Saturday, 26 April 2014

A bloody slaughter

There are times when the return of our summer migrants seems all the more remarkable. Not only have these birds completed journeys that have taken them over thousands of kilometres, but many have run the gauntlet of the sporting guns that await their passage as they cross North Africa and enter southern Europe. Each spring and autumn, thousands of birds are slaughtered despite the protection and legislation put in place to protect them.

It is not hard to find figures that put some sense of scale to the slaughter that is taking place. On Malta, where BirdLife Malta and teams of volunteers from the UK have been documenting the slaughter, it has been estimated that there may be in excess of 10,000 hunters active during the spring migration period. Malta, like other Mediterranean islands is well-used by migrant birds making the sea crossing. Last year, birds of at least 24 protected species were shot illegally. Among these were swallows and cuckoos, two species that we regard as heralds of our summer.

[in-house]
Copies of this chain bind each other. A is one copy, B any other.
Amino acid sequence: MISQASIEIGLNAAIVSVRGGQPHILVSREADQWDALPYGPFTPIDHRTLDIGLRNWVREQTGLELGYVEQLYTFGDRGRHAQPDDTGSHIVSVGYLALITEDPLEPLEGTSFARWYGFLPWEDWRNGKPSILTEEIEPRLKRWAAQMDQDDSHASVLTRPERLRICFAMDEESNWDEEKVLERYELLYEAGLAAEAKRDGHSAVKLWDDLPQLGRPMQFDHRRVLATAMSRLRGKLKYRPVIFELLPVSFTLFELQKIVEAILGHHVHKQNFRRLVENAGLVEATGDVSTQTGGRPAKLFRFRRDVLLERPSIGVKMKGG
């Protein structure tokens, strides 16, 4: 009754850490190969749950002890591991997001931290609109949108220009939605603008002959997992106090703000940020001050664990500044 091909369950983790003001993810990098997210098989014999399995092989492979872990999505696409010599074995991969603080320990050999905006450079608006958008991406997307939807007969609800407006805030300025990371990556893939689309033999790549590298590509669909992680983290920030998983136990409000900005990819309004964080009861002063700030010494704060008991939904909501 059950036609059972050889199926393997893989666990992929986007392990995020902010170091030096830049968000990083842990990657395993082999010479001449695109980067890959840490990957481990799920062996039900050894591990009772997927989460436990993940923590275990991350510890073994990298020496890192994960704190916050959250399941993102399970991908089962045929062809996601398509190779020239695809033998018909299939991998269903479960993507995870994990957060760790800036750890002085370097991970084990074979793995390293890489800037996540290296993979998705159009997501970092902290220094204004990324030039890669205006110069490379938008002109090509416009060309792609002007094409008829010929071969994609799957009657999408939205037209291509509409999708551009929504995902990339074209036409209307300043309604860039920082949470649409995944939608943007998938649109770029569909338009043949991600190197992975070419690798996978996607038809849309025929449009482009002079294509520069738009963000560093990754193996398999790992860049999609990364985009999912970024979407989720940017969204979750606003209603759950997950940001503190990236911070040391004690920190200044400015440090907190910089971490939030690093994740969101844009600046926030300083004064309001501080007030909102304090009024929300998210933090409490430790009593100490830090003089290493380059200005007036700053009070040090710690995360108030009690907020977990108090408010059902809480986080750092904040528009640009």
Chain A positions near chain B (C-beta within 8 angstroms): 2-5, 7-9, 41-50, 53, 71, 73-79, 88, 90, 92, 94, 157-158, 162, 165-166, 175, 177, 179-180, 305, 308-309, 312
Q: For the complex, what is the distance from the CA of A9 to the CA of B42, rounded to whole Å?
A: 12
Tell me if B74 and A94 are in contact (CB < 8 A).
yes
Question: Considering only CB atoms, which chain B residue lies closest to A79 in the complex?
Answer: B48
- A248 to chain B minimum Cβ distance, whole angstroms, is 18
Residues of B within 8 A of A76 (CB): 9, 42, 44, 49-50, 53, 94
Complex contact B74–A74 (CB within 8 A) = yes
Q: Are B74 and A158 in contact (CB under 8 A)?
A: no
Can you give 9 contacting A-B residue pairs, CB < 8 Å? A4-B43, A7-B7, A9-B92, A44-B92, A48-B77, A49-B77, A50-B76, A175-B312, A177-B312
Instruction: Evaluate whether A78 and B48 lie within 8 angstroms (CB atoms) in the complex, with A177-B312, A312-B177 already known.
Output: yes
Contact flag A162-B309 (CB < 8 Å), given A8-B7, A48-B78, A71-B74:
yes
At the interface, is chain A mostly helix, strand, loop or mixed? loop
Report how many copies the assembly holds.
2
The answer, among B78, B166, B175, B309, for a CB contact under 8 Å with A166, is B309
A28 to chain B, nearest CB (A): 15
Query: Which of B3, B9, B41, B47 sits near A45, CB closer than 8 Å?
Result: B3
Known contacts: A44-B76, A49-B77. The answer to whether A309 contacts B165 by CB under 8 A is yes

This hunting is not the taking of birds for the pot – although quail and turtle doves can be taken legally for this purpose – but instead the birds are stuffed and then exhibited as trophies, testament to the brutality rather than skill of the hunters. The hunting continues despite the Maltese Government being found guilt by the European Court of Justice of violating the EU Birds Directive. It seems it might be an issue that the European Commission has lost the will to prosecute and one that we and our fellow European citizens seem slow to grasp. If we really care about our summer migrants then we should speak out against this bloody slaughter.

Just last week the naturalist and television presenter Chris Packham, together with friends, spent time in Malta documenting the illegal hunting of spring migrants. The resulting films, work done independent of the BBC, were posted on YouTube. There is a growing sense that it is birdwatchers from elsewhere across Europe who might make the difference, increasing the pressure on the Maltese government and on the European ministers responsible for enforcing the legislation. A cultural shift is needed within Malta if Europe’s migrant birds are to be freed from the threat of slaughter.

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